COLUMN: Christians should follow Jesus by supporting the poor
Editor's Note: This column is part of a point-counterpoint about how some Christians — like several prominent Republican politicians — can claim to follow Jesus but be against welfare. Click here to read Jason Byas' counterpoint.
Christianity is an ideology with which I am particularly fond of for its notions of charity and its staunch stance on reserving judgment against others. Jesus — a friend of prostitutes, tax-collectors and lepers — really is a philosophical literary rock-star, and as a student of literature and philosophy, I appreciate his sense of minimalist, philanthropic style.
It’s when Christianity becomes mixed-up in American politics and culture that I become frustrated and frankly a little confused.
I’m very unsure about the internal justifications of evangelical politicians, mostly conservative, whose basic doctrine seems to be one that labels the poor as lazy and unjustly entitled, cultural diversity as an evil and some of the greediest people in human history as those who have achieved the American dream.
The American dream, as I understood it growing up, was the dream of starved, huddled masses yearning for agency, the chance to elevate themselves above their class and finally crawl out from under monarchies and dictatorships that allowed them no agency whatsoever. It was a dream of which, I think most would agree, Jesus would have approved. His concern also was the poor, the sick and those yearning to be free from oppression under Rome.
How then, does the political party claiming to be both on the side of the founding principles of America and Jesus Himself also become the party obsessed with medieval notions of morality and is so deeply critical of the poor?
I’m interested in how a person like Newt Gingrich or Mitt Romney can stand in front of a microphone, claim Jesus as their personal guide, Lord and Savior, and then negate every sermon Jesus ever gave.
“Let the poor children work as janitors,” Gingrich said.
“The very poor have a safety net, so I’m not concerned about them,” Romney said.
Both these men, incidentally, are at the very least multi-millionaires, own houses and yachts and have no actual connection whatsoever to the poor. Not to be cliché, but how can I not at least mention Matthew 19:23-24? You know, the whole bit about it being a little bit harder for a rich person to get into heaven than it is for a camel to pass through the eye of a needle? That’s pretty vivid and aggressive imagery.
So rich men who are not shy about wanting to cut programs like welfare claim to be on the same side as Jesus, and I usually hear the same responses to why this makes logical sense.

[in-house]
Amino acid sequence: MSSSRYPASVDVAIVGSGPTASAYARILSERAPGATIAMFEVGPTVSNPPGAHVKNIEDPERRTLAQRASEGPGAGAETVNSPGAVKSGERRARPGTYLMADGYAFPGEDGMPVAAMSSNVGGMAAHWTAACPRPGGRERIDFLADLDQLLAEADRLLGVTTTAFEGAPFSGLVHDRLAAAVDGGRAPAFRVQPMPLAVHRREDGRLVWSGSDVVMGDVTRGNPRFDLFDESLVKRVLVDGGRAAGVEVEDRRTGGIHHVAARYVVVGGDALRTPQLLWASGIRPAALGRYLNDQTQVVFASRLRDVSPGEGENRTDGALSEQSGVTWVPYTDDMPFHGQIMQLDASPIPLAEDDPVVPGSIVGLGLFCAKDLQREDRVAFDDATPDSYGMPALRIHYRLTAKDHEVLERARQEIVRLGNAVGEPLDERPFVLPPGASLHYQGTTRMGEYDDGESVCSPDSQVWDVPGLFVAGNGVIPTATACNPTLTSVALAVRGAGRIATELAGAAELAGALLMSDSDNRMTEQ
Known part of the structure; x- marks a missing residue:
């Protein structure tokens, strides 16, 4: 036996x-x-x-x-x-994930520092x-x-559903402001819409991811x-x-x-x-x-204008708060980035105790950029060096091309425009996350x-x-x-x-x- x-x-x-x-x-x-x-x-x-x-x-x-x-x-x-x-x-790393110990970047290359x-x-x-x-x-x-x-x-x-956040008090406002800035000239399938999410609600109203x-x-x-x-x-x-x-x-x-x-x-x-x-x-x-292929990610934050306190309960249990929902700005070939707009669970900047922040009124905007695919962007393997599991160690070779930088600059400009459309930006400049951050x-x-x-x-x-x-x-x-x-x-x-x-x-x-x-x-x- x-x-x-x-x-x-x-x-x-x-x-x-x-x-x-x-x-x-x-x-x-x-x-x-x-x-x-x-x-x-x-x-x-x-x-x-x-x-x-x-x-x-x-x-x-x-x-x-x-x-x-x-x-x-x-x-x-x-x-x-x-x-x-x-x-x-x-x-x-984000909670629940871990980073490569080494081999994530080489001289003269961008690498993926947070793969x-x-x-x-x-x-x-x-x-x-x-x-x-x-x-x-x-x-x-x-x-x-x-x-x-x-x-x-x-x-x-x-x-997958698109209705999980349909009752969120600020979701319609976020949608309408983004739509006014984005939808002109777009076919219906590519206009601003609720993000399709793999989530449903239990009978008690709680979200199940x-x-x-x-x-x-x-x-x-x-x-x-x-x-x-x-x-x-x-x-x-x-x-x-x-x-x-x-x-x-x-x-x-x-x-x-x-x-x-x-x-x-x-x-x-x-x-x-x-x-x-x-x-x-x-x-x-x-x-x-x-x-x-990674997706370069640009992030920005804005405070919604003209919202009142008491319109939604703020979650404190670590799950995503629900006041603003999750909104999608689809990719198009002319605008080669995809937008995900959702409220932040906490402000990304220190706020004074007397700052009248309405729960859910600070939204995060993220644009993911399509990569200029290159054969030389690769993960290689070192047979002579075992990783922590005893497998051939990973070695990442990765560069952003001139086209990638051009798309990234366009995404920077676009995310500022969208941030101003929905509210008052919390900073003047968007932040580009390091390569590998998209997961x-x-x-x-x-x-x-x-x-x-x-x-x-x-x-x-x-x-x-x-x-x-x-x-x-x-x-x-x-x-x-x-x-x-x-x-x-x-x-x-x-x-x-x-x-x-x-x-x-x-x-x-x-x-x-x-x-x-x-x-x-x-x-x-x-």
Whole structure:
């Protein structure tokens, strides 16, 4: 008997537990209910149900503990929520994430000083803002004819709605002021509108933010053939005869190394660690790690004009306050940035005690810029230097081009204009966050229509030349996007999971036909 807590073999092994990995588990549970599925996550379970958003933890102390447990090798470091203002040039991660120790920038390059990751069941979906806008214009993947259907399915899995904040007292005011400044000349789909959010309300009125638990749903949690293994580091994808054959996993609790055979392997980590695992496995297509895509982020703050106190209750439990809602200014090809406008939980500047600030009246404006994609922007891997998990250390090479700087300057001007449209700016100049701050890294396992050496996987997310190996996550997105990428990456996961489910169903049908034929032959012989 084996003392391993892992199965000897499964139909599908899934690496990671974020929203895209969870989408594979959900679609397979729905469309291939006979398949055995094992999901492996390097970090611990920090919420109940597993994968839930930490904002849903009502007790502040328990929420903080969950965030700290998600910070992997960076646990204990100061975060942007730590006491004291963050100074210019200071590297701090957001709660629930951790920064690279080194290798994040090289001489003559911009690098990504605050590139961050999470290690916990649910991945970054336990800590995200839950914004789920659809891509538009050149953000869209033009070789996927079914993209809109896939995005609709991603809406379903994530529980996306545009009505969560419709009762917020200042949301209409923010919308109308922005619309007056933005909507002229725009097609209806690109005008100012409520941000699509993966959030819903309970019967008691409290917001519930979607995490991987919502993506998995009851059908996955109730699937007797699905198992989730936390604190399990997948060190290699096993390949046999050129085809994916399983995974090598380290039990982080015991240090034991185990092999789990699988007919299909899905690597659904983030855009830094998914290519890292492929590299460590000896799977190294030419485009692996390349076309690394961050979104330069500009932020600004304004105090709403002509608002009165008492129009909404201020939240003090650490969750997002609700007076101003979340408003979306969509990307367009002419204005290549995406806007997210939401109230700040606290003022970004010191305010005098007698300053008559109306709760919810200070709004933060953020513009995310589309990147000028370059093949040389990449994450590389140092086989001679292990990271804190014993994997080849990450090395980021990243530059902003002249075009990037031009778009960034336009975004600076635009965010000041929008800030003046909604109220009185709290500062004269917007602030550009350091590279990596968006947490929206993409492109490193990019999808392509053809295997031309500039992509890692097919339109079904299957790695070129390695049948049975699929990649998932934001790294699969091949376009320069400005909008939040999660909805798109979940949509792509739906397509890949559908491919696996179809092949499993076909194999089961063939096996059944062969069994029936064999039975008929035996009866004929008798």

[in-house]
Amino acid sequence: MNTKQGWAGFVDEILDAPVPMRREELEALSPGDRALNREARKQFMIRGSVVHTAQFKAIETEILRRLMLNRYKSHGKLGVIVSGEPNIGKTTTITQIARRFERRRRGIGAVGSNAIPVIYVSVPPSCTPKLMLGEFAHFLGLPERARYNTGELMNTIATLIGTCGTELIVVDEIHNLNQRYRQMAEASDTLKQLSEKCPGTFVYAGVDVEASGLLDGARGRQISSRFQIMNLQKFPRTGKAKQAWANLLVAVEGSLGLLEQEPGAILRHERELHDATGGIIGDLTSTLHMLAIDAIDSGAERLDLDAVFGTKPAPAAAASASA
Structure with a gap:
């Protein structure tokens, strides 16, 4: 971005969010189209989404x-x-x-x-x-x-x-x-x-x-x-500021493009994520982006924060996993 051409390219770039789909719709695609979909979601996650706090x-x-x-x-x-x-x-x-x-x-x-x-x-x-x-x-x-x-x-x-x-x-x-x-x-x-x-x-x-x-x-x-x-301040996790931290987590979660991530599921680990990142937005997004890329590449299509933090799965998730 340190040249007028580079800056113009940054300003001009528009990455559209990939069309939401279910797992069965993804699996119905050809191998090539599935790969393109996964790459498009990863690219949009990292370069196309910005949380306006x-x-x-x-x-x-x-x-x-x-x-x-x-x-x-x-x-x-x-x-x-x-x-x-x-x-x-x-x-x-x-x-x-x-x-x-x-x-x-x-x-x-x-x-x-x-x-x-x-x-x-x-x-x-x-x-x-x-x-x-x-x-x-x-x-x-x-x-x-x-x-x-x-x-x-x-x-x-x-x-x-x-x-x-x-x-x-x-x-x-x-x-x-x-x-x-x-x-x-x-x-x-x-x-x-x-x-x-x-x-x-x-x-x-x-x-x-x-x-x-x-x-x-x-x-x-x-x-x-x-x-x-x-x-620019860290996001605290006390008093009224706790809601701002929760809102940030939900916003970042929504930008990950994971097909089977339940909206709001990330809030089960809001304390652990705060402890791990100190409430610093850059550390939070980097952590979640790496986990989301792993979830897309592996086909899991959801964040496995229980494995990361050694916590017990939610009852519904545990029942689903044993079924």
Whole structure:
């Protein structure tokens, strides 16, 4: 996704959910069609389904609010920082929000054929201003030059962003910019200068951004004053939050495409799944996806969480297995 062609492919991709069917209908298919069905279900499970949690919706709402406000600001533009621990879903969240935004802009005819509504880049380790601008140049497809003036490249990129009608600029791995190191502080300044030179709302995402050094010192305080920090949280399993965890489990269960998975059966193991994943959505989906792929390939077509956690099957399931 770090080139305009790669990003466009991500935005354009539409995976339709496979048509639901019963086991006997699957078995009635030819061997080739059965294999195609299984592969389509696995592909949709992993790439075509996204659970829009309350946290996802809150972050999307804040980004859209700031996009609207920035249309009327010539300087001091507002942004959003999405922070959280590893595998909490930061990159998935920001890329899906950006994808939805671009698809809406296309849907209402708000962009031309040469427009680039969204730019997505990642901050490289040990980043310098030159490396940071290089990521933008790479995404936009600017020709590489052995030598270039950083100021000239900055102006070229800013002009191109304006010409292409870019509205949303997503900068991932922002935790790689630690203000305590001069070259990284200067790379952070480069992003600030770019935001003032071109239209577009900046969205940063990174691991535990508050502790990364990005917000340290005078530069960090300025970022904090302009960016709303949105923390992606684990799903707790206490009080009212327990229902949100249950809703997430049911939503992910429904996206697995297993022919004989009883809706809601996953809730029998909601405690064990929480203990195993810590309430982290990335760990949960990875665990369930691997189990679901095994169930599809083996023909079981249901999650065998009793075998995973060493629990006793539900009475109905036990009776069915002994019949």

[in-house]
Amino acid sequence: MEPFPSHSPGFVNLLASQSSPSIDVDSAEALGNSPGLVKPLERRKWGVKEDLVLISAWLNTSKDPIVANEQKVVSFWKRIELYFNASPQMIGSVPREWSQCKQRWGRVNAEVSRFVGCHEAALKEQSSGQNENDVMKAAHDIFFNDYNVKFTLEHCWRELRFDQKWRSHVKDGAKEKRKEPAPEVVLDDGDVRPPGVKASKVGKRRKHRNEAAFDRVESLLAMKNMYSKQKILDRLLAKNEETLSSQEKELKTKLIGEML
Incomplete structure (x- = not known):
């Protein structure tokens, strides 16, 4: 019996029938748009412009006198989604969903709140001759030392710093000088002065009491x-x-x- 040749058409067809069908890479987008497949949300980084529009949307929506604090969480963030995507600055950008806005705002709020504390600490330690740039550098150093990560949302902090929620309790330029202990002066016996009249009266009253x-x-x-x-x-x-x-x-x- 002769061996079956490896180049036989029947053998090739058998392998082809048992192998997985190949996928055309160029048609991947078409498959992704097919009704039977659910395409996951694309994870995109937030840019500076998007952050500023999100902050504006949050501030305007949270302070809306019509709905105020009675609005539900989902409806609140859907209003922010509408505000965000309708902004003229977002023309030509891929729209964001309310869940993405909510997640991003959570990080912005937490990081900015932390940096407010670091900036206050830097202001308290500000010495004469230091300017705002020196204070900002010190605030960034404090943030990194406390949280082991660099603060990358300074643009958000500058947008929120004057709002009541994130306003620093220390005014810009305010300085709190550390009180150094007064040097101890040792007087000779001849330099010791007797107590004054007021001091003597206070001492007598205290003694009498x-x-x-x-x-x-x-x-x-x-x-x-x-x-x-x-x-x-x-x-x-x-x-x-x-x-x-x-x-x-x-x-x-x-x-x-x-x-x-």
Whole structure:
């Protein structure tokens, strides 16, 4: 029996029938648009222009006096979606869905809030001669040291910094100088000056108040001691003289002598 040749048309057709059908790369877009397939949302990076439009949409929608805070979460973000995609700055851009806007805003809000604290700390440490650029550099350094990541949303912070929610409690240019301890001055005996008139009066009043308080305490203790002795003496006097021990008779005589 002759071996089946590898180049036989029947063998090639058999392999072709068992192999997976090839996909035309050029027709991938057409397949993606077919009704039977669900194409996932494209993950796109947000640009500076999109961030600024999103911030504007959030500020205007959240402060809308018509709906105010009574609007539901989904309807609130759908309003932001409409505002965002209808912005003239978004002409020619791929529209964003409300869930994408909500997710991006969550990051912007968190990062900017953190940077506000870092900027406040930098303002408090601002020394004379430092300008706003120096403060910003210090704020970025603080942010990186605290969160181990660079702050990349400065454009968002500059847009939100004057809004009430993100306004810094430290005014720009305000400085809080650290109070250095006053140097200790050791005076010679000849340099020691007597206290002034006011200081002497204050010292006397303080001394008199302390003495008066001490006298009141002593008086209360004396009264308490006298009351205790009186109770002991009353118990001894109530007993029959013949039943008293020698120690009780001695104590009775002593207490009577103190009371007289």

First, I’m often told that these men, and almost all people like them, give to charity and contribute to foundations that benefit the poor every single year; that programs like welfare should be handled by charities, not the government. The church should take care of this, they say, rather than the government forcing us to be charitable by taxing us and spending our money on programs for the poor.
I believe this was actually Ron Paul’s answer to a debate question. It seems obvious to me that we have charities, churches and a welfare system, and many people still can’t afford to meet a basic standard of living in this country. Removing the welfare system and placing the burden solely on charities and churches seems like a pretty obviously bad idea. The donations from the rich wouldn’t come close to meeting the basic needs of the poor, which was of great concern to Jesus, and cutting programs like welfare would leave many of the poorest people in America to die and many of our greatest cities surrounded by slums.
Besides that, if you have a billion dollars and you give a few million to charity every year, that’s not really what Jesus was talking about, and you know it.
Then people start quoting the Old Testament, and I don’t find this valid at all. Jesus (and the Holy Spirit in Acts 10-11) was pretty clear that the 613 commandments of the Old Testament were a guide for living but that the only non-negotiable rules were to believe in Him, be more charitable than wealthy and don’t throw stones at people because you are plenty guilty yourself.
The 613 commandments are clear, as well. If you follow them, you must follow all of them. Plenty of people do this; they follow Orthodox Judaism. As Christians are not Orthodox Jews, it makes no sense to cherry-pick from the list of rules and claim you are following either doctrine. So to quote Leviticus or Proverbs to justify hating homosexuality or having a billion dollars is no justification at all. It merely shows that a person can read a long book and only take from it the few sentences that apply to them completely out of context — like reading the whole New Testament, missing all the stuff about salvation and virtue and focusing on the execution of the teacher and the Revelation of a man who was not Jesus.
This is a job for a psychiatrist.
There are too many subjects in this discussion to tackle in one sitting, but my point is fairly simple: If you are a Christian, please follow the teachings of Jesus. Please treat the poor better than you treat the rich. Please don’t think you have the right to judge someone unless you are, in fact, a judge. Please act as if you actually believe in the afterlife your religion promises you for doing these things.
If you are going to erect crosses and billboards all over the place that the rest of us can’t possibly ignore, it’s downright rude not to practice what you preach.
Trent Cason is a literature and cultural studies senior.